Knoxville News Sentinel: Tennessee delegation urges Obama's help with flooding woes

Posted on May 11, 2010

WASHINGTON - Tennessee's congressional delegation is urging President Obama to seek funding in an upcoming appropriations bill to help Tennesseeans in 52 counties as they recover from recent massive storms and flooding.

"According to NOAA and the Corps of Engineers, the flooding in Tennessee was the result of a 1,000-year rainfall event," the delegation wrote in their letter dated today to Obama. "We thank you for already designating 42 of the 52 counties requested by our governor as eligible for disaster relief. We also appreciate the efforts of FEMA Director Fugate and his staff as well as that of Secretaries Napolitano, Locke, and Donovan and Small Business Administrator Mills, all of whom have visited Tennessee during the last week."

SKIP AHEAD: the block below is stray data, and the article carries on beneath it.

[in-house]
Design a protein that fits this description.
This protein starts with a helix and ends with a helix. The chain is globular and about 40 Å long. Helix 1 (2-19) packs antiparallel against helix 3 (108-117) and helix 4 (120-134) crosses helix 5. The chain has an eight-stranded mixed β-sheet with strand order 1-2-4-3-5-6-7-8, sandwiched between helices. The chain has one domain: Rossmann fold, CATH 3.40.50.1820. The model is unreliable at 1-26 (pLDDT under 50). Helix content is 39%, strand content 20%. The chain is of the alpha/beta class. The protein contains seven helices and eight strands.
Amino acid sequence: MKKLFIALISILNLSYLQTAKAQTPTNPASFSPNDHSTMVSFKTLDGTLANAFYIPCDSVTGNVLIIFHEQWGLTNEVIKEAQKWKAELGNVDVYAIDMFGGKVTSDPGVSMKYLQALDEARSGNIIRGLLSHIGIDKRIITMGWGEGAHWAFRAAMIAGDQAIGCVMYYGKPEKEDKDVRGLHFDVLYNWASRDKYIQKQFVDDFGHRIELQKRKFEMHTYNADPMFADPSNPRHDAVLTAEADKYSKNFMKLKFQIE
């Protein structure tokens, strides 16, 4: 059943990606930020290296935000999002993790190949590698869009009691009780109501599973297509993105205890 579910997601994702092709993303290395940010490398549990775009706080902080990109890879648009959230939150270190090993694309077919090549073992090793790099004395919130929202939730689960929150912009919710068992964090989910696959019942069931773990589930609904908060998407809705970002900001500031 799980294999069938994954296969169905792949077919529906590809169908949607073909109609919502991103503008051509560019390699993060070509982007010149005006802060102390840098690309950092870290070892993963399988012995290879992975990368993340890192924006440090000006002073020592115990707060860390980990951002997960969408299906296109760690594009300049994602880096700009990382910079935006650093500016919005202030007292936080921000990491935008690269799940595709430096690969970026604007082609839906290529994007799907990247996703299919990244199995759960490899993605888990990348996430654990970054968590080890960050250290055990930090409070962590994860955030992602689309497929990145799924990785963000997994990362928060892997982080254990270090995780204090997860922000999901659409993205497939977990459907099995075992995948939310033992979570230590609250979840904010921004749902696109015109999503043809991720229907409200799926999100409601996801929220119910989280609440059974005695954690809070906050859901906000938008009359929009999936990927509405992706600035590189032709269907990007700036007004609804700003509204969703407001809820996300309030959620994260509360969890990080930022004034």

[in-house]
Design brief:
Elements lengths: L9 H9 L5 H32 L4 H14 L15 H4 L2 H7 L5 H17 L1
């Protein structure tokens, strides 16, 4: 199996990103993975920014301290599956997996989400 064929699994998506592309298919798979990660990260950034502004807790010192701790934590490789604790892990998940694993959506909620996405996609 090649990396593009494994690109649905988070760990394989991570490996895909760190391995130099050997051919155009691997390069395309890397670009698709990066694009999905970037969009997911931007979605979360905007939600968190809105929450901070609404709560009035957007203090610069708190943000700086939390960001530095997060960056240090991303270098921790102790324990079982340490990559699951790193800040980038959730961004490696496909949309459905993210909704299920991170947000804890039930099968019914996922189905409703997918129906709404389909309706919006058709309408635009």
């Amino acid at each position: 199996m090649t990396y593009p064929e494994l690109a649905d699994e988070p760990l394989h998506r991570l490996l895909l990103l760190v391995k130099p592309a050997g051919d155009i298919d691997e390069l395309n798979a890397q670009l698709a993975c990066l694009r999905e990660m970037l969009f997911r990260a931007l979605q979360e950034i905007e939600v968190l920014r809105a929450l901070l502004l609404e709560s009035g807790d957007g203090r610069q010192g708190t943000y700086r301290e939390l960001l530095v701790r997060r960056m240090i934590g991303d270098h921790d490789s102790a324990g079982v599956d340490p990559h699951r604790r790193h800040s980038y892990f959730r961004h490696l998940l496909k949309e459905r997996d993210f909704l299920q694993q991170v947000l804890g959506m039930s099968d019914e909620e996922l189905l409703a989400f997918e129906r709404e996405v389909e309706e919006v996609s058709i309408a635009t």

Storms pounded Middle and West Tennessee the weekend of May 1. Nashville was among the hardest hit communities.

The upcoming supplemental appropriations bill is to be marked up by the Senate Appropriations Committee on Thursday.

"Tennesseans are helping themselves and their neighbors, but Tennessee will require federal assistance beyond what current emergency programs' funding can support. Because the Senate Appropriations Committee will mark up supplemental appropriations legislation that you have requested on Thursday, it is vital that a request for Tennessee flood relief come from the Office of Management and Budget as quickly as possible."

Members signing the letter: Republican U.S. Sens. Lamar Alexander and Bob Corker; Republican U.S. Reps John J. Duncan Jr., Phil Roe, Zach Wamp, and Marsha Blackburn; and Democratic U.S. Reps Lincoln Davis, Jim Cooper, Bart Gordon, John Tanner and Steve Cohen.

"I was pleased to sign this letter with the rest of the delegation to request funding for Tennessee flood relief in the upcoming supplemental appropriations bill, and it is my hope and my expectation that this will be a clean emergency supplemental that only contains true emergency spending, not a Christmas tree for non-related, non-emergency spending," Corker said today.

More details as they develop online and in Wednesday's News Sentinel.